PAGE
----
It’s true that tragedy brings out the best in some people. But maybe it’s more accurate to say that times of crisis expose the true nature of a person. So the guy rushing against the crowd and plunging into the smoke and the flames to pull people to safety — That’s not simply the “best” of him, that’s just him. That’s who he is. He’s that guy when the bombs go off, but he’s also that guy when he’s standing in line behind you at the Post Office. Extraordinary people do extraordinary things in extraordinary circumstances. The rest of the time they do ordinary things, but they’re still extraordinary people. It’s good and healthy and appropriate for us to be inspired by these folks. And maybe, hopefully, we can keep this in mind the next time we’re about to freak out on someone for accidentally cutting us off in traffic (I’m looking squarely at the man in the mirror with this example). We’ll scream and call that guy a jerk but, for all we know, he’s 10 times the man we are. He could be one of those extraordinary, rush-into-the-flames types. And we just thanked him with a blast from the car horn and a couple choice words shouted, in cowardly fashion, from a safe distance in a car with the windows rolled up.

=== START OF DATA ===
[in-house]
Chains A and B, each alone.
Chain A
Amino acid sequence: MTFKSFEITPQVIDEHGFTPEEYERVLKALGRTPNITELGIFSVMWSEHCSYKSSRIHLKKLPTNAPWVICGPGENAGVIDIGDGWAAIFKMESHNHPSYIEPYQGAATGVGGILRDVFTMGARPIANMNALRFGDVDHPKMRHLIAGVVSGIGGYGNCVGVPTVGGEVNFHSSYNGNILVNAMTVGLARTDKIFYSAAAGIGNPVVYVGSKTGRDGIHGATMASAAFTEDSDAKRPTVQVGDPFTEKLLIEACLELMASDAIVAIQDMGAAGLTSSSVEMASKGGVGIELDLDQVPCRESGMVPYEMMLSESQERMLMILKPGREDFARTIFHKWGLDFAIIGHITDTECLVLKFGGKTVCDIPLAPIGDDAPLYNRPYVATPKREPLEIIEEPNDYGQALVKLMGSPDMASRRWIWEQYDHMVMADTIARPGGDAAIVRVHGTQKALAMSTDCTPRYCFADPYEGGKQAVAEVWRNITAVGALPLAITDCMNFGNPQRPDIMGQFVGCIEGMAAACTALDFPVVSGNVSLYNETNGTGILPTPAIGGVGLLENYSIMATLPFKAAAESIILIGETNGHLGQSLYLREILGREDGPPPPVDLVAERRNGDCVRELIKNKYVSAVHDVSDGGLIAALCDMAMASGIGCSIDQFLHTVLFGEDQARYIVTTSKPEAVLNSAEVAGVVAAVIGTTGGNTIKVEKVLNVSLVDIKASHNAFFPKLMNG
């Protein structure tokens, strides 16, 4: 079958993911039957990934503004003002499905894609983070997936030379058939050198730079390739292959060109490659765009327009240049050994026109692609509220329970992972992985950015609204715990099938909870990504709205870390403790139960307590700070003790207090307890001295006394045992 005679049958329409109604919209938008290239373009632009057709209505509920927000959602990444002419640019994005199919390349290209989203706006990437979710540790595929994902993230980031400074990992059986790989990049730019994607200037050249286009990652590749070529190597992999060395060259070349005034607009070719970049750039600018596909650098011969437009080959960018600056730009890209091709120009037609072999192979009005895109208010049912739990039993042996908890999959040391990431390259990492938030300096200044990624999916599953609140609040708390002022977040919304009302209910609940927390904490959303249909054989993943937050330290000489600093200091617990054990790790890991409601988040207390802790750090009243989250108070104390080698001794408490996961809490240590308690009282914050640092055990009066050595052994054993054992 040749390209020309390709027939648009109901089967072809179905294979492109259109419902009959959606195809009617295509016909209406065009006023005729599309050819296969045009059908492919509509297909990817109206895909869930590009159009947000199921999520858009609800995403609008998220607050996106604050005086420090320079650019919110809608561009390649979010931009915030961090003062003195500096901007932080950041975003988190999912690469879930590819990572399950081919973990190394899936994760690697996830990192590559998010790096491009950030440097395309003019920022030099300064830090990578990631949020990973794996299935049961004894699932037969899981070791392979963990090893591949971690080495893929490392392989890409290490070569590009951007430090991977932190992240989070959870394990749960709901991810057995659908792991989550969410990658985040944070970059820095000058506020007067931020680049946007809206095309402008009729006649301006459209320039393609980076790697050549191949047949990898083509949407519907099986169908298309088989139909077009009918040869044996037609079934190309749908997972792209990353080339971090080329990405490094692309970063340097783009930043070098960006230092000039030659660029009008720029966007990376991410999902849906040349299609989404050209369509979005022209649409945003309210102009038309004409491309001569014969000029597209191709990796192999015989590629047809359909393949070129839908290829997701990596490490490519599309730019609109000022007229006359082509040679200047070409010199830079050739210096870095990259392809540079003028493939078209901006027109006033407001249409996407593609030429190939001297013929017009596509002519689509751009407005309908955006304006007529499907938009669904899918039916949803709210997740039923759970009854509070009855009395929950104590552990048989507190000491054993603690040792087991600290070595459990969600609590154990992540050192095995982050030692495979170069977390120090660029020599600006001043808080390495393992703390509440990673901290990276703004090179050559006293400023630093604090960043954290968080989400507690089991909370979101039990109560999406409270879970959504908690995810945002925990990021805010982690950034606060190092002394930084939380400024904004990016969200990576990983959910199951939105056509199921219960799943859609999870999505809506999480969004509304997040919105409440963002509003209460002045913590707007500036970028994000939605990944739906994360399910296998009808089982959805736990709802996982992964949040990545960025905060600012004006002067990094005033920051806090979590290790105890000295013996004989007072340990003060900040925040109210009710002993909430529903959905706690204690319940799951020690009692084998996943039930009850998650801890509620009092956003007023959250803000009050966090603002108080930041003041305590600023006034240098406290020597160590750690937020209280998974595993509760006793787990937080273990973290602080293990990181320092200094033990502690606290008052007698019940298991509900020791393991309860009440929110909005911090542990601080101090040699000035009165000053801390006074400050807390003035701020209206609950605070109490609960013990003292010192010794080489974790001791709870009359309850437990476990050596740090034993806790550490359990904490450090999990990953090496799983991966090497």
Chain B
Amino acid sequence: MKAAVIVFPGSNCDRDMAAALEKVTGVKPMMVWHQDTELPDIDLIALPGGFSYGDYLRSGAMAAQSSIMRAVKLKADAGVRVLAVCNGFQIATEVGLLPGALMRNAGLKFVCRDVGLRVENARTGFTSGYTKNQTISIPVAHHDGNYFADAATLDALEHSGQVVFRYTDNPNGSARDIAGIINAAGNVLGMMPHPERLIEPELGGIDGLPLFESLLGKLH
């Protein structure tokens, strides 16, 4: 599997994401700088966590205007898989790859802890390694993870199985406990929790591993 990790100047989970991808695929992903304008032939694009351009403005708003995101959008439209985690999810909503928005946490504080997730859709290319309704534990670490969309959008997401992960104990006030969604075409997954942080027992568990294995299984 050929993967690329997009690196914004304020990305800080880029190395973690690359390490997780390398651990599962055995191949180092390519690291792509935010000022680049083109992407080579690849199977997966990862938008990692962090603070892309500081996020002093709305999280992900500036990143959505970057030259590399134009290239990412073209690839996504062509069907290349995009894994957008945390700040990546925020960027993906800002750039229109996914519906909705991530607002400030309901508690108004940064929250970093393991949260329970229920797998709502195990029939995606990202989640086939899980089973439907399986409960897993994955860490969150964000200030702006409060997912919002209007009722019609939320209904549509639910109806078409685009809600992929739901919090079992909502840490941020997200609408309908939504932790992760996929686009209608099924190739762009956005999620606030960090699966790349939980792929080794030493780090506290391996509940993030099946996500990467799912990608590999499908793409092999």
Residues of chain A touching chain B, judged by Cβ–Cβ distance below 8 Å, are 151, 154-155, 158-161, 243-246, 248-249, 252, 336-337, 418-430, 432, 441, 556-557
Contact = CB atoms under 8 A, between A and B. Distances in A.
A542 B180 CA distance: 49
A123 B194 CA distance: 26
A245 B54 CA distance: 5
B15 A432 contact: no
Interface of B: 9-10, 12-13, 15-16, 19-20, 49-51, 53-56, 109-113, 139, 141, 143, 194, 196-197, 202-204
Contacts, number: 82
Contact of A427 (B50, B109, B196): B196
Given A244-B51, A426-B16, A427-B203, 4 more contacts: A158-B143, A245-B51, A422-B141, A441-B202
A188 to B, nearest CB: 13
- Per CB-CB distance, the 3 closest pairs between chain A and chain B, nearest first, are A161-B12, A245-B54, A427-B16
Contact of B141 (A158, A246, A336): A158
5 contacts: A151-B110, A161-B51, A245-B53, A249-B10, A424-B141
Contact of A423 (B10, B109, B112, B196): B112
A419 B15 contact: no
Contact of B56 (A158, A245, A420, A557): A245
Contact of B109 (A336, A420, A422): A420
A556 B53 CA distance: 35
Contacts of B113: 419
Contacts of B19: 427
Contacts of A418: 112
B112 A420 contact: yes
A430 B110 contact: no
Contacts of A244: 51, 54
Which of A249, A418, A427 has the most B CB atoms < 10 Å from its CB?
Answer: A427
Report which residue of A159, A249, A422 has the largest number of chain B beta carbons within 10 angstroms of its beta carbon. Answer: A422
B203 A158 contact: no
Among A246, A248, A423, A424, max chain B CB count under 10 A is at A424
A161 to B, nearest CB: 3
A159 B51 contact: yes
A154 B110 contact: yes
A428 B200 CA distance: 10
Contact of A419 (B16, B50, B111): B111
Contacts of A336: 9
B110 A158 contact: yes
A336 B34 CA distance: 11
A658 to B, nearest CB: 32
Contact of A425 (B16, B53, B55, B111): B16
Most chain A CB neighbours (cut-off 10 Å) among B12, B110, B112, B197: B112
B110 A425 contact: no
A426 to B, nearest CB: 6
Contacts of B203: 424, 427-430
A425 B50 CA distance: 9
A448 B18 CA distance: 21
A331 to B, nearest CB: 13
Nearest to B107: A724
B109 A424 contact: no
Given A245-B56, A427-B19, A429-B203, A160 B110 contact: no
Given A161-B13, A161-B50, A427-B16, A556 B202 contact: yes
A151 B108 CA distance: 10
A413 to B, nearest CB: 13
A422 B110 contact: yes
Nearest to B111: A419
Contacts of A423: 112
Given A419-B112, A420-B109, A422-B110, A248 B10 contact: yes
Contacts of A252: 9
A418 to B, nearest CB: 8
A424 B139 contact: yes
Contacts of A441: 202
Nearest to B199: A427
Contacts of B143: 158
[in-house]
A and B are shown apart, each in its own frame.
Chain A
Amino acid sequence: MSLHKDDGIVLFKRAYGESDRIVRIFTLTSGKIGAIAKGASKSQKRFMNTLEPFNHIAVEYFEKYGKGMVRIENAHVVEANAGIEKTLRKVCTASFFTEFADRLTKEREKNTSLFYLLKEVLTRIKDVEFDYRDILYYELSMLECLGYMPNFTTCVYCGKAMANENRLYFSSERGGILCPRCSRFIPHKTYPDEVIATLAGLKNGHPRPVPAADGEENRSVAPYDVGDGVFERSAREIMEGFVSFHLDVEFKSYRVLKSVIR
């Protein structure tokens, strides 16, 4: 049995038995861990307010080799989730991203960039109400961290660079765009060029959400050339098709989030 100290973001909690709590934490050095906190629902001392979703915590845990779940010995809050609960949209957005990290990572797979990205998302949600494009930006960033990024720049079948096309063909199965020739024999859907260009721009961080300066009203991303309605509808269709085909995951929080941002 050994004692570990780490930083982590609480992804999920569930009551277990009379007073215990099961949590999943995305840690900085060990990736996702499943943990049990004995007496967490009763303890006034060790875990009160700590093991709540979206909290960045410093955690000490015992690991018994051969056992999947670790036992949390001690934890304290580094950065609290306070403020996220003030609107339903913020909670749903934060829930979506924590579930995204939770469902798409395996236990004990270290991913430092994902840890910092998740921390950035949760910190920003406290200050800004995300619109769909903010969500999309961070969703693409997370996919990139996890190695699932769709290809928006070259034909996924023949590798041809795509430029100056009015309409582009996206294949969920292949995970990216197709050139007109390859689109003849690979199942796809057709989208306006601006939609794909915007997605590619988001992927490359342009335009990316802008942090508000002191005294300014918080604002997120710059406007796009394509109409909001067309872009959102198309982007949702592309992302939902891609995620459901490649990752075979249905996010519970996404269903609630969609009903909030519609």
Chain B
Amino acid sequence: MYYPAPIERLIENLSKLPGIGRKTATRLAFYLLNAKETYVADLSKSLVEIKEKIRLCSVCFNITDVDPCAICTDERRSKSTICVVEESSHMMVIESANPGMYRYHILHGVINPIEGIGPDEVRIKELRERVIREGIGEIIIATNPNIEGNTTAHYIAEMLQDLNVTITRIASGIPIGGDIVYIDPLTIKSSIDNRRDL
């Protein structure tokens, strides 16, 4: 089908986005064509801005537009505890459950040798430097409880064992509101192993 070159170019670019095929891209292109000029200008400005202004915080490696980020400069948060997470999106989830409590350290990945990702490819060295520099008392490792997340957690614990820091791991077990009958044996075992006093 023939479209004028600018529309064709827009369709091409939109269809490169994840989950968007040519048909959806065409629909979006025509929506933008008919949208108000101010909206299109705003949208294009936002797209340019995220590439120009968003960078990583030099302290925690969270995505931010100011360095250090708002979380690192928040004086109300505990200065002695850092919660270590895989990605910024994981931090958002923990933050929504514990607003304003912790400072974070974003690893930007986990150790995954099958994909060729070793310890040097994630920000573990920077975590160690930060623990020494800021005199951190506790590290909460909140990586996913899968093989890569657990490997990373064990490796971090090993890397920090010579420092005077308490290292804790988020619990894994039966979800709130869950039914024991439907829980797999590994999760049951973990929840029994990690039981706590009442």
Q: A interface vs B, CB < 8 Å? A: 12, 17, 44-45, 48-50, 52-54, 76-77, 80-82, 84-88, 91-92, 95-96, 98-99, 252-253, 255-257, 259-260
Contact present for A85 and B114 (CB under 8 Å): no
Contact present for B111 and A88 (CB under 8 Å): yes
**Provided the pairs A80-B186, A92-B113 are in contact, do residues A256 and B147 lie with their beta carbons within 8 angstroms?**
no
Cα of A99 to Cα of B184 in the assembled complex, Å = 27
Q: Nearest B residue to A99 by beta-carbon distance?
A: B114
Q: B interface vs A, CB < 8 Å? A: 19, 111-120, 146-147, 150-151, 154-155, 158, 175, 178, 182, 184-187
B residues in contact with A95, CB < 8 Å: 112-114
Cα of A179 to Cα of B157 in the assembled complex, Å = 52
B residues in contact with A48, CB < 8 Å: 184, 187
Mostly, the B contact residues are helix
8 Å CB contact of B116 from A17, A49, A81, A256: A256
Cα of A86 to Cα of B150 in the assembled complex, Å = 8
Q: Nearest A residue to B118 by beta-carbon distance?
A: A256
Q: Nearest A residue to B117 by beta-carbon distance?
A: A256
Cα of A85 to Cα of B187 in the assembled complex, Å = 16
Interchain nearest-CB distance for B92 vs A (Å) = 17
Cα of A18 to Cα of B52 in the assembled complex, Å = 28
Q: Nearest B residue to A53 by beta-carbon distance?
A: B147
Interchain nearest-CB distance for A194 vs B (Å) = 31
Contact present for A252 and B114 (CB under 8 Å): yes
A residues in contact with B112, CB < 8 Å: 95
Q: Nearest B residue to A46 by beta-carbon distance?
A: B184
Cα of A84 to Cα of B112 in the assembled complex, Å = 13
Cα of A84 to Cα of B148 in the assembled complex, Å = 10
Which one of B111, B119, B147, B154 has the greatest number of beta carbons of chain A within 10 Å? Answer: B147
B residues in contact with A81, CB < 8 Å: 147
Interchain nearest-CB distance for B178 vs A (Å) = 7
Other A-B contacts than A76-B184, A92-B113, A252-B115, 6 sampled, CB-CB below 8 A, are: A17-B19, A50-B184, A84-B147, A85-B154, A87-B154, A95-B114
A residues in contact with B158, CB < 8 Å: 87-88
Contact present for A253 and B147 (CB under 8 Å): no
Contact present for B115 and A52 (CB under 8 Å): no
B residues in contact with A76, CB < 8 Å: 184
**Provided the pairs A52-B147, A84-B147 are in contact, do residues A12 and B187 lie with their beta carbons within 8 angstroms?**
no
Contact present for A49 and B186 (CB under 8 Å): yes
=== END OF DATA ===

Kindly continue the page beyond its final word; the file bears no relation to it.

I think we’re all so overexposed and overly connected, and we’re surrounded by news of heinous murder and sociopathic violence, and we spend so much time on the internet where anonymous trolls and hateful parasites feast like maggots in an overflowing trashcan, that we tend to assume every stranger is, at the very least, a scumbag but possibly a mass-murderer-to-be. Maybe some of them are. I don’t know the percentages. But a lot of them could also be heroes. Even if they never get a chance to be heroic in a cinematic, newsworthy kind of way.
We should always be realistic. But we also can’t lose our ability to see the good in the world. Again, I’m looking right at you, mirror.
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